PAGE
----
The seventh step is balanced mindfulness. Here we embark upon the true spiritual aspects of religion by contemplating what exactly we are regarding our bodies and minds, and whether or not an ego is a reality or a delusion. This results in wisdom and insight into life. We actively investigate our feelings, our body, our consciousness and the reality or the truths of life as we experience it.

The eighth step is balanced concentration. This is the crux of practice; meditation that frees the mind from its illusions and pain and enables us to see all of the seventh above steps of balanced mindfulness clearly.

The above is just a thumbnail sketch of Buddhist practice, a practice that for over 2600 years has produced many enlightened individuals. But regardless of whether one becomes fully enlightened or not, the first day that one puts these practices into sincere action is the day that their entire life begins to turn around.

Author's Bio: 

E. Raymond Rock (anagarika addie) is a meditation teacher at:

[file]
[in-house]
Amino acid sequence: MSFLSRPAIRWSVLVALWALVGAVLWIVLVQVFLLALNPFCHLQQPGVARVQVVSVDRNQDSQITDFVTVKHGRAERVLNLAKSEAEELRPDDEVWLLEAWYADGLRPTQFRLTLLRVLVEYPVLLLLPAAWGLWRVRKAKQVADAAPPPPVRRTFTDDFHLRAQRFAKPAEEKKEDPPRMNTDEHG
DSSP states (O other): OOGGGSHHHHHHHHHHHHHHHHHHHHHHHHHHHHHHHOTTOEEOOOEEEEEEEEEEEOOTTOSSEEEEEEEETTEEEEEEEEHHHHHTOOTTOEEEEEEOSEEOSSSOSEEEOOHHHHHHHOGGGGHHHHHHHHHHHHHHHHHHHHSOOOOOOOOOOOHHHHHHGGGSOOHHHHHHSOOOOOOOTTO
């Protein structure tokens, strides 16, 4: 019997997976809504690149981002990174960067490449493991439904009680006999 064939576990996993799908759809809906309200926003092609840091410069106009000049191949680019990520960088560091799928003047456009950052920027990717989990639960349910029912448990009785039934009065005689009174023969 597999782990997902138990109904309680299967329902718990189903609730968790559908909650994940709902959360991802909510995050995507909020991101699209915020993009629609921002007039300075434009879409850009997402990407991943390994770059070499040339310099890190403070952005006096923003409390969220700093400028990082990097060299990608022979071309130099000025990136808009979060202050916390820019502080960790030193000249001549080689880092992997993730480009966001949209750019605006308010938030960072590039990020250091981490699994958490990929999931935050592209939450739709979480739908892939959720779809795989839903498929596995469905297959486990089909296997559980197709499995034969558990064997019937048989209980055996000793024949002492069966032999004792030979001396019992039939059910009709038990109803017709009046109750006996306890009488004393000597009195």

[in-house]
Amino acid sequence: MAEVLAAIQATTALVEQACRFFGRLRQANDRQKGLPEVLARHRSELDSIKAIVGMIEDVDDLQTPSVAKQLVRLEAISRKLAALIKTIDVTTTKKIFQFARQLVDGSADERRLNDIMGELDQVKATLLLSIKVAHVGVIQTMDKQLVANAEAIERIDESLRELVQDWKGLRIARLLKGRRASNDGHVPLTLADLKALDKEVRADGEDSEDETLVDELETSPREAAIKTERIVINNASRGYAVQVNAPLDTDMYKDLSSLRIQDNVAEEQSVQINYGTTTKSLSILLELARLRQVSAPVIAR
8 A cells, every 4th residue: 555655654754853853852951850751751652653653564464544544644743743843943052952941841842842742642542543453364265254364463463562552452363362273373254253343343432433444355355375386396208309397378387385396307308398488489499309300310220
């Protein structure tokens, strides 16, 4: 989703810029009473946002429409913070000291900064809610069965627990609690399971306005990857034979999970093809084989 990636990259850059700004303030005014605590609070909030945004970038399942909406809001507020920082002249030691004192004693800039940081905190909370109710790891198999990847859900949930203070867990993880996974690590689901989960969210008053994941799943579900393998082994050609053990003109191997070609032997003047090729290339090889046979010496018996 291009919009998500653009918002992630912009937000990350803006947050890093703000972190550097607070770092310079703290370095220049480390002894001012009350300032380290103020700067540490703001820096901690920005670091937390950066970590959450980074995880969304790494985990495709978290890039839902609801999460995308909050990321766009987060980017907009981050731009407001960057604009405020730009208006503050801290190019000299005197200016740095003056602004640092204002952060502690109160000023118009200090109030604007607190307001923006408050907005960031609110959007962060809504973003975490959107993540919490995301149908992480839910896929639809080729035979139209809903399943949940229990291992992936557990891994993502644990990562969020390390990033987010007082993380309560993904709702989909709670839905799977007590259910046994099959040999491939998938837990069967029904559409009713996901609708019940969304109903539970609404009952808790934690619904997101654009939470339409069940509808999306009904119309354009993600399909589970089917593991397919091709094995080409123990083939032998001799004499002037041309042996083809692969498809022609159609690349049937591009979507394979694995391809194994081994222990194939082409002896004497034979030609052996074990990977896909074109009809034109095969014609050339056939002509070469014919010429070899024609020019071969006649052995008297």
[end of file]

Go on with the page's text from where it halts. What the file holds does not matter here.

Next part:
http://www.dhammarocksprings.org/ and author of “A Year to Enlightenment:


His 30 years of meditation experience has taken him across four continents including two stopovers in Thailand where he practiced in the remote northeast forests as an ordained Theravada Buddhist monk.

He lived at Wat Pah Nanachat under Ajahn Chah, at Wat Pah Baan Taad under Ajahn Maha Boowa, and at Wat Pah Daan Wi Weg under Ajahn Tui. He had been a postulant at Shasta Abbey, a Zen Buddhist monastery in northern California under Roshi Kennett; and a Theravada Buddhist anagarika at both Amaravati Monastery in the UK and Bodhinyanarama Monastery in New Zealand, both under Ajahn Sumedho. The author has meditated with the Korean Master Sueng Sahn Sunim; with Bhante Gunaratana at the Bhavana Society in West Virginia; and with the Tibetan Master Trungpa Rinpoche in Boulder, Colorado. He has also practiced at the Insight Meditation Society in Barre, Massachusetts, and the Zen Center in San Francisco.